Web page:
With the tough economic landscape continuing to affect even more sectors across the world, a growing number of businesses are feeling the pinch. Despite decreasing budgets, new research by Crayon has found an overwhelming majority (95%) of global businesses are failing to fully optimize IT budgets.
The study of over 2,000 IT decision makers (ITDMs), which reflects on the 171,000 layoffs made by 594 tech companies during the first few months of 2023, found that nine in 10 businesses listed IT cost optimization as a high priority.
Looking ahead, Crayon has highlighted some key failing points to help businesses get back on track and rein in their spending once more.
Reduce IT and cloud spend
According to the poll, just over one-third (35%) of companies are actively assessing their IT spend, indicating the scale of potentially wasted money that could be reinjected into something with a better ROI, or saved entirely.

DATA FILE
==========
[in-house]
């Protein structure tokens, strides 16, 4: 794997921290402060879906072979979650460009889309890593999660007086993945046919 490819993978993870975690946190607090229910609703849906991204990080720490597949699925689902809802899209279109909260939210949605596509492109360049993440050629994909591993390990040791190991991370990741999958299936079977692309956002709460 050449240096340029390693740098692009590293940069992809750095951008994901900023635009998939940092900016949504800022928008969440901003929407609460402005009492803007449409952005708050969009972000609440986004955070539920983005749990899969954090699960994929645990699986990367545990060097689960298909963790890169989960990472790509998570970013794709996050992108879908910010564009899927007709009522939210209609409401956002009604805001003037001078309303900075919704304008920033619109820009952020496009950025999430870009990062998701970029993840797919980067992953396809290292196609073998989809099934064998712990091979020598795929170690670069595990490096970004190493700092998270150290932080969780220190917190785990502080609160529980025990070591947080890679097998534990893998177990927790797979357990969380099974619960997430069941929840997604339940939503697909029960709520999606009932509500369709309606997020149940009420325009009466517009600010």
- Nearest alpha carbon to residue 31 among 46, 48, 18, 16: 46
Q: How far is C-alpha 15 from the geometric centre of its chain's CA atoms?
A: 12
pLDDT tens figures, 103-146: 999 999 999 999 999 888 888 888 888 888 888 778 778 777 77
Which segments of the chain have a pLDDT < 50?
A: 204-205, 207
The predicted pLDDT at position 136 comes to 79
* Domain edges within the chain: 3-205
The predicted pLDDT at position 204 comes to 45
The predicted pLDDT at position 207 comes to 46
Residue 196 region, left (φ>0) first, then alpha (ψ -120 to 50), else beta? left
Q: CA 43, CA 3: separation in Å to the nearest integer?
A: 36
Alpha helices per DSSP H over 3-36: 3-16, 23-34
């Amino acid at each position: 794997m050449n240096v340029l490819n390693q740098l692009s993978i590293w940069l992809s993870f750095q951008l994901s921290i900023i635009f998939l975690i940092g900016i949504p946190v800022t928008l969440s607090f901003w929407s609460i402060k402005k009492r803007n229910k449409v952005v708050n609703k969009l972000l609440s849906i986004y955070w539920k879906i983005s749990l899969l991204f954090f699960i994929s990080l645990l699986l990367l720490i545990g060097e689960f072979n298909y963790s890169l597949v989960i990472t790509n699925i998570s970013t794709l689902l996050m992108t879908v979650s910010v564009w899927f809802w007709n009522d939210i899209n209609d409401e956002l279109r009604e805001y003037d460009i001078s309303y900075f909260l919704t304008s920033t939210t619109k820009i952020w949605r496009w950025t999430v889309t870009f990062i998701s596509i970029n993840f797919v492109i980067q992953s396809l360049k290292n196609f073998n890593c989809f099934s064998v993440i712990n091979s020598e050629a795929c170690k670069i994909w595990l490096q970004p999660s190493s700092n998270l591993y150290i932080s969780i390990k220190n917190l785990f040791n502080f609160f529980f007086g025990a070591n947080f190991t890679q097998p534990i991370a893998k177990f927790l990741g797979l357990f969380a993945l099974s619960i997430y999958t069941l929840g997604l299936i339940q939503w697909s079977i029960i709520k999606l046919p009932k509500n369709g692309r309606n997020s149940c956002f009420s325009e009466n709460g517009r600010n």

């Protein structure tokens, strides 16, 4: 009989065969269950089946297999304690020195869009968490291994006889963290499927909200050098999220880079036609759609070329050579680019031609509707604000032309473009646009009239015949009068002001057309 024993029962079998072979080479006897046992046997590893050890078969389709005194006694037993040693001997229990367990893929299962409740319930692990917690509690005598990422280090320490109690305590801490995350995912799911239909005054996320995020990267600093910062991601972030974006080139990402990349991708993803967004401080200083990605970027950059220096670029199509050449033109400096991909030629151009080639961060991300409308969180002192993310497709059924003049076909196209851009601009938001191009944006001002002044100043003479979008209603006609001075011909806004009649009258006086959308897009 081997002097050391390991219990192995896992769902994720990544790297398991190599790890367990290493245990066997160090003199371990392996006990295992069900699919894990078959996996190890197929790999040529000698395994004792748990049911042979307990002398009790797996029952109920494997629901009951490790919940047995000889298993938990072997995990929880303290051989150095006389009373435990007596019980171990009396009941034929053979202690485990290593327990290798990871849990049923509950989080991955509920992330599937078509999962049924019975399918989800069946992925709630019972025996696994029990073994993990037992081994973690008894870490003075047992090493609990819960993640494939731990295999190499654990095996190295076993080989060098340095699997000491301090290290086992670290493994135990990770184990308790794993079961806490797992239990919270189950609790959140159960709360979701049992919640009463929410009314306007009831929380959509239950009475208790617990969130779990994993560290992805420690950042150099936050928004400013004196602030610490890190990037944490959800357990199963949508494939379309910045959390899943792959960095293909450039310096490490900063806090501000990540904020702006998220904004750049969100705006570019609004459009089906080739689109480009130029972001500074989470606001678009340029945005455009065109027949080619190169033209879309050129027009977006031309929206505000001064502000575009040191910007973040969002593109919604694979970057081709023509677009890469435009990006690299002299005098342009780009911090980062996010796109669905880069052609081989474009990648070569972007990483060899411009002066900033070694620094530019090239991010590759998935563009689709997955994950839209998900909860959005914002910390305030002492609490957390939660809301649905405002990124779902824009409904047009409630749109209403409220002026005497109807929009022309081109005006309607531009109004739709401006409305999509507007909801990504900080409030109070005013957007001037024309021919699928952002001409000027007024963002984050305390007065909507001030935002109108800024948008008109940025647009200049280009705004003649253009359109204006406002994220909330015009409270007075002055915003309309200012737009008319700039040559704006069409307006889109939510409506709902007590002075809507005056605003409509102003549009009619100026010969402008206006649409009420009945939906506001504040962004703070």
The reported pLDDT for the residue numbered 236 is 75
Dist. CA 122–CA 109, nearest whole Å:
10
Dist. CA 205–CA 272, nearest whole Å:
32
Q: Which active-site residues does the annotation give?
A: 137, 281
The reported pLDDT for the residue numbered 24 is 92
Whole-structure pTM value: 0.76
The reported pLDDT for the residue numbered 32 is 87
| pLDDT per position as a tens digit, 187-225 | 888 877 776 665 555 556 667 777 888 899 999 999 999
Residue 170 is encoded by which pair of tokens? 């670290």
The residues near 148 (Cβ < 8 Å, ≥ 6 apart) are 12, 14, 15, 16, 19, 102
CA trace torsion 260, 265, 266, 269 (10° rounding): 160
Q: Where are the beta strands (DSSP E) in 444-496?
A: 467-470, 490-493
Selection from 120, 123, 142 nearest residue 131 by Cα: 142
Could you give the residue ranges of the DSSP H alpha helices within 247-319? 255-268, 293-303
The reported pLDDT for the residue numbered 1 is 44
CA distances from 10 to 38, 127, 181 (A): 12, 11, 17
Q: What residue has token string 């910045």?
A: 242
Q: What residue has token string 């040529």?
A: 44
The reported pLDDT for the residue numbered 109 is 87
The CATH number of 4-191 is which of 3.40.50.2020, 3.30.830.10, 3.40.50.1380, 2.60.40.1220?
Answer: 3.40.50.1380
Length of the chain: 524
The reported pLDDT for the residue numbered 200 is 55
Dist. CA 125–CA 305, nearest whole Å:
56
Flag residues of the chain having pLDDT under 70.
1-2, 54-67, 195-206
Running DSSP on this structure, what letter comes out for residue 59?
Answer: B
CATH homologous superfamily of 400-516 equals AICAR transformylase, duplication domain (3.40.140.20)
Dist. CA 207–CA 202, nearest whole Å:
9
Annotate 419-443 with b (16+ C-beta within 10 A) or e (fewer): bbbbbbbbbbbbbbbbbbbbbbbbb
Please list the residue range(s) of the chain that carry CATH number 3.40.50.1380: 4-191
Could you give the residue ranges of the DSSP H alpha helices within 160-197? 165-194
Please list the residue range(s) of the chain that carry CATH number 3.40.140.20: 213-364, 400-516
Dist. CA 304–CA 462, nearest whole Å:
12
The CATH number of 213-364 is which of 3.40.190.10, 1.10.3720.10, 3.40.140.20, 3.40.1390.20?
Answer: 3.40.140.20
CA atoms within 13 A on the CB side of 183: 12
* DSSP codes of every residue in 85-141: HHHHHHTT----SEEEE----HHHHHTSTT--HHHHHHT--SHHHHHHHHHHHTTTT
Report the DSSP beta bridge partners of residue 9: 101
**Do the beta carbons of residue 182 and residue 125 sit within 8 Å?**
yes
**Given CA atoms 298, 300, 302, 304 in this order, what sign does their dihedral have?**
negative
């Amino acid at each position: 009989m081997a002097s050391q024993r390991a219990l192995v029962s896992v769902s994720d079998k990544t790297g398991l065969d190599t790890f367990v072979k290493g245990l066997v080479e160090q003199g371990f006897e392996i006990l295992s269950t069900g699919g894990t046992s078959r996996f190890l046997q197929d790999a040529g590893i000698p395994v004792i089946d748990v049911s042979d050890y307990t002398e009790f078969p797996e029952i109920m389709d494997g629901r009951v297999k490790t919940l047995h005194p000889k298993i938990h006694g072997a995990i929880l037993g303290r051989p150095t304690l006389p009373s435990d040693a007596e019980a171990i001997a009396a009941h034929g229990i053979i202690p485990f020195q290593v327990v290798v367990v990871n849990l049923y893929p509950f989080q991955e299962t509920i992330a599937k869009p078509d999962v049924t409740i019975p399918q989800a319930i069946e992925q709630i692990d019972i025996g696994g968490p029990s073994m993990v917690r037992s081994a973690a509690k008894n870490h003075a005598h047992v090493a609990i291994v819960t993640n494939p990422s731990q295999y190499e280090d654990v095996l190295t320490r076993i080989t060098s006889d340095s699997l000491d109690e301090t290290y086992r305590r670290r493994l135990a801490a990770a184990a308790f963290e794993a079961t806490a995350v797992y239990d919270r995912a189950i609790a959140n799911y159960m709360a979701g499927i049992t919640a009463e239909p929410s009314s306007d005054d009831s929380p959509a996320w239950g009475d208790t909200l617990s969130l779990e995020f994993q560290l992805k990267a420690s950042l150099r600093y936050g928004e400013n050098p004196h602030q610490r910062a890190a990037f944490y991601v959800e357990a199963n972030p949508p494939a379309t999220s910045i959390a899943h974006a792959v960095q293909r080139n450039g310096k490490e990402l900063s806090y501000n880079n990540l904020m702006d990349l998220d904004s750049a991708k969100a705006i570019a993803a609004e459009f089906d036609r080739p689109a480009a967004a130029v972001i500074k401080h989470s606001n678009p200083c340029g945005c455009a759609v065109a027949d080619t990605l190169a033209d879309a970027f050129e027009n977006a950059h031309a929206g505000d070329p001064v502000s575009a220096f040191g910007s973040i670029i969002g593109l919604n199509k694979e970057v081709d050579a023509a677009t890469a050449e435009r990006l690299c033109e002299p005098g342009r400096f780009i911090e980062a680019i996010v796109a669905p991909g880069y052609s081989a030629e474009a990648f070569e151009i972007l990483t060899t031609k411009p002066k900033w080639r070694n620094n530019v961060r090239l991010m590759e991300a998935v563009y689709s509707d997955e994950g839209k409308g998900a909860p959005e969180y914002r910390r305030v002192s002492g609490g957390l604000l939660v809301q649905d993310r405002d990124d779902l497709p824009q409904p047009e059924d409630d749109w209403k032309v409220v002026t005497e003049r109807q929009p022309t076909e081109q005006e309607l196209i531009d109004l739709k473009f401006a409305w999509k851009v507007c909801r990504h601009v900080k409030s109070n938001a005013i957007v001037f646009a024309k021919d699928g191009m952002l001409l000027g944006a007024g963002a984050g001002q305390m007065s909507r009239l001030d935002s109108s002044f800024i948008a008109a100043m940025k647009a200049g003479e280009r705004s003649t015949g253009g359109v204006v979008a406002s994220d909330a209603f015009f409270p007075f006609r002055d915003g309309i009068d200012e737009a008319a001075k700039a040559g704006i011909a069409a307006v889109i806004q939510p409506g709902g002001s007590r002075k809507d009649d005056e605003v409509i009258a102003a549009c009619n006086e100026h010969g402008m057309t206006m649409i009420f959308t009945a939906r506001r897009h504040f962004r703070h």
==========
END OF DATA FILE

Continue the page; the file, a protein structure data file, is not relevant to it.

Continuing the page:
By the measures of Crayon’s study, more companies are now turning to FinOps rather than leaving cost decisions to their CFO or finance teams. The FinOps method sees more collaboration between departments to create a better understanding, streamlining, and optimization overall, and has been most notable in countries like Singapore, Saudi Arabia, and certain parts of Scandinavia.
This move also reflects the lack of time among senior decision-makers and lack of visibility across the organization’s spending as entire business models are forced to adapt.
Crayon general manager Hayley Mooney explains: “Many businesses do not give [IT spending] the same kind of scrutiny as other major line items.”
Mooney continues: “To overcome this and weather the storm both now and in the future, organizations must collaborate with a partner to draw the right lines between different technologies and platforms, business needs, contractual details, and overlooked subscriptions, organizational structures, skills gaps, and much more.”
This collaboration can be seen more broadly as Big Tech comes under increasing pressure from anti-trust cases and other similar warnings, leaving many to suspect that harnessing a more collaborative environment with third parties may be the way forward.